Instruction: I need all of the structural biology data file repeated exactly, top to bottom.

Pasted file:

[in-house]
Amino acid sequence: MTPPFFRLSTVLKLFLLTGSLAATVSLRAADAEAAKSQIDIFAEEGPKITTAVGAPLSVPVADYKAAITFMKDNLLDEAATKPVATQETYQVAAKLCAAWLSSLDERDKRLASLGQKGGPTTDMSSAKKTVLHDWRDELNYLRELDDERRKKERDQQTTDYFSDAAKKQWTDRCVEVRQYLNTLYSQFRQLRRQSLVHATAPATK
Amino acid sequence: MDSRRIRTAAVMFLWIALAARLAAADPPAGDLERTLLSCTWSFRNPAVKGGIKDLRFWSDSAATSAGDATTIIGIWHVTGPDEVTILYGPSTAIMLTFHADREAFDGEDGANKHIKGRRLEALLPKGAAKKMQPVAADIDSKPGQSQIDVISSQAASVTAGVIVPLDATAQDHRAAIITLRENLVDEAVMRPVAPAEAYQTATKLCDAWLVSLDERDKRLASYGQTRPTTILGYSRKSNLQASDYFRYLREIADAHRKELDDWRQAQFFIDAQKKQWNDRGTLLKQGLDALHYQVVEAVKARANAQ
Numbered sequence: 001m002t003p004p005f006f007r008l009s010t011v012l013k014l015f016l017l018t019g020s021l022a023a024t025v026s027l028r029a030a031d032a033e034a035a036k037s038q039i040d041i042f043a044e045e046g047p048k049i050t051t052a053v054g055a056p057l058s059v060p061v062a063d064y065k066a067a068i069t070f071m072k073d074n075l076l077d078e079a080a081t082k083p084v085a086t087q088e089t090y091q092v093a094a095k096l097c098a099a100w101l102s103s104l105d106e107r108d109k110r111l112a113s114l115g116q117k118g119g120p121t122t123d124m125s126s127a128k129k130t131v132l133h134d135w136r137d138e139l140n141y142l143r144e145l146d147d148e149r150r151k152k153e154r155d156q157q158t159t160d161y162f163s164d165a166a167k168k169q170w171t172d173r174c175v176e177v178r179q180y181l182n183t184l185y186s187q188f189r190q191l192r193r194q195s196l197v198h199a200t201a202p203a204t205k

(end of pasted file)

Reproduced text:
[in-house]
Amino acid sequence: MTPPFFRLSTVLKLFLLTGSLAATVSLRAADAEAAKSQIDIFAEEGPKITTAVGAPLSVPVADYKAAITFMKDNLLDEAATKPVATQETYQVAAKLCAAWLSSLDERDKRLASLGQKGGPTTDMSSAKKTVLHDWRDELNYLRELDDERRKKERDQQTTDYFSDAAKKQWTDRCVEVRQYLNTLYSQFRQLRRQSLVHATAPATK
Amino acid sequence: MDSRRIRTAAVMFLWIALAARLAAADPPAGDLERTLLSCTWSFRNPAVKGGIKDLRFWSDSAATSAGDATTIIGIWHVTGPDEVTILYGPSTAIMLTFHADREAFDGEDGANKHIKGRRLEALLPKGAAKKMQPVAADIDSKPGQSQIDVISSQAASVTAGVIVPLDATAQDHRAAIITLRENLVDEAVMRPVAPAEAYQTATKLCDAWLVSLDERDKRLASYGQTRPTTILGYSRKSNLQASDYFRYLREIADAHRKELDDWRQAQFFIDAQKKQWNDRGTLLKQGLDALHYQVVEAVKARANAQ
Numbered sequence: 001m002t003p004p005f006f007r008l009s010t011v012l013k014l015f016l017l018t019g020s021l022a023a024t025v026s027l028r029a030a031d032a033e034a035a036k037s038q039i040d041i042f043a044e045e046g047p048k049i050t051t052a053v054g055a056p057l058s059v060p061v062a063d064y065k066a067a068i069t070f071m072k073d074n075l076l077d078e079a080a081t082k083p084v085a086t087q088e089t090y091q092v093a094a095k096l097c098a099a100w101l102s103s104l105d106e107r108d109k110r111l112a113s114l115g116q117k118g119g120p121t122t123d124m125s126s127a128k129k130t131v132l133h134d135w136r137d138e139l140n141y142l143r144e145l146d147d148e149r150r151k152k153e154r155d156q157q158t159t160d161y162f163s164d165a166a167k168k169q170w171t172d173r174c175v176e177v178r179q180y181l182n183t184l185y186s187q188f189r190q191l192r193r194q195s196l197v198h199a200t201a202p203a204t205k